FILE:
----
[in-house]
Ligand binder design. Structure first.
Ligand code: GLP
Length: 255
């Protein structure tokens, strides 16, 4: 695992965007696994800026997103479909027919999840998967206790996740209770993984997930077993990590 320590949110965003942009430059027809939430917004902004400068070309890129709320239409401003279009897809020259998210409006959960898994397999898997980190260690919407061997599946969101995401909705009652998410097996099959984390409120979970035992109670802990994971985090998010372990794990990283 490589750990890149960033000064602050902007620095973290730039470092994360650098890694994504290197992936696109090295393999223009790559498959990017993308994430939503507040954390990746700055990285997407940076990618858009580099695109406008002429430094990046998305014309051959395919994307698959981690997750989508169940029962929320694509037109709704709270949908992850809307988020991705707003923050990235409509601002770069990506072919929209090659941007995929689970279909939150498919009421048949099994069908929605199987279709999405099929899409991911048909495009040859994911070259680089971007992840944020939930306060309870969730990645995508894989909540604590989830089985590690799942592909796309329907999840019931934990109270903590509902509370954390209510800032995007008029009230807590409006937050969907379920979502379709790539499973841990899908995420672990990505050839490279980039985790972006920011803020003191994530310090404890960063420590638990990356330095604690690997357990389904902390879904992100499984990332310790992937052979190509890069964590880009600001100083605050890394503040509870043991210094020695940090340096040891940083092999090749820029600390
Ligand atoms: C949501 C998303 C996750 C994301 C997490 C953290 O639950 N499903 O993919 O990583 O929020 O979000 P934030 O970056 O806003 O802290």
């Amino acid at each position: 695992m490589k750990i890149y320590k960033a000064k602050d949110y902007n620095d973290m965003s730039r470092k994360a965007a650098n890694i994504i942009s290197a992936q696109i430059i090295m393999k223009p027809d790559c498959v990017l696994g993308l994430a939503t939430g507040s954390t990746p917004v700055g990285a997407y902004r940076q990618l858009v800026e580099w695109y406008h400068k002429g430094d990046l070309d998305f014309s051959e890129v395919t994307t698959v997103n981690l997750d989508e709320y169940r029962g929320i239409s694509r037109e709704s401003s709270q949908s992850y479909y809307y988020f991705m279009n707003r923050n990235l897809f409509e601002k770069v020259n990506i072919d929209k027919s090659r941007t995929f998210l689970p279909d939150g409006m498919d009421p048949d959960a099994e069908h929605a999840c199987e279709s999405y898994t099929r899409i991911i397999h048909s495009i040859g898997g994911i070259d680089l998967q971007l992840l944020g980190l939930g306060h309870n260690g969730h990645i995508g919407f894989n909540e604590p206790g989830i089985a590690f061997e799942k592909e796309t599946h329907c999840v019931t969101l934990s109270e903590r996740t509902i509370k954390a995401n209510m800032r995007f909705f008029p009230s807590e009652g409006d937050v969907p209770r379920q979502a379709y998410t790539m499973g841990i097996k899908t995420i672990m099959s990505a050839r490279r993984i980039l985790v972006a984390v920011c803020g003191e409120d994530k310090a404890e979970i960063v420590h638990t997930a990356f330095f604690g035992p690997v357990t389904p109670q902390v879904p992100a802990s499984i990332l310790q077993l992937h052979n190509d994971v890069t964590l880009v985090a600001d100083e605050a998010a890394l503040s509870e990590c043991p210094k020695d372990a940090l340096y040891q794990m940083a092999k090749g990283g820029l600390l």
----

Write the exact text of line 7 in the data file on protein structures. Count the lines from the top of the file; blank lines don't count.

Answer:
């Amino acid at each position: 695992m490589k750990i890149y320590k960033a000064k602050d949110y902007n620095d973290m965003s730039r470092k994360a965007a650098n890694i994504i942009s290197a992936q696109i430059i090295m393999k223009p027809d790559c498959v990017l696994g993308l994430a939503t939430g507040s954390t990746p917004v700055g990285a997407y902004r940076q990618l858009v800026e580099w695109y406008h400068k002429g430094d990046l070309d998305f014309s051959e890129v395919t994307t698959v997103n981690l997750d989508e709320y169940r029962g929320i239409s694509r037109e709704s401003s709270q949908s992850y479909y809307y988020f991705m279009n707003r923050n990235l897809f409509e601002k770069v020259n990506i072919d929209k027919s090659r941007t995929f998210l689970p279909d939150g409006m498919d009421p048949d959960a099994e069908h929605a999840c199987e279709s999405y898994t099929r899409i991911i397999h048909s495009i040859g898997g994911i070259d680089l998967q971007l992840l944020g980190l939930g306060h309870n260690g969730h990645i995508g919407f894989n909540e604590p206790g989830i089985a590690f061997e799942k592909e796309t599946h329907c999840v019931t969101l934990s109270e903590r996740t509902i509370k954390a995401n209510m800032r995007f909705f008029p009230s807590e009652g409006d937050v969907p209770r379920q979502a379709y998410t790539m499973g841990i097996k899908t995420i672990m099959s990505a050839r490279r993984i980039l985790v972006a984390v920011c803020g003191e409120d994530k310090a404890e979970i960063v420590h638990t997930a990356f330095f604690g035992p690997v357990t389904p109670q902390v879904p992100a802990s499984i990332l310790q077993l992937h052979n190509d994971v890069t964590l880009v985090a600001d100083e605050a998010a890394l503040s509870e990590c043991p210094k020695d372990a940090l340096y040891q794990m940083a092999k090749g990283g820029l600390l």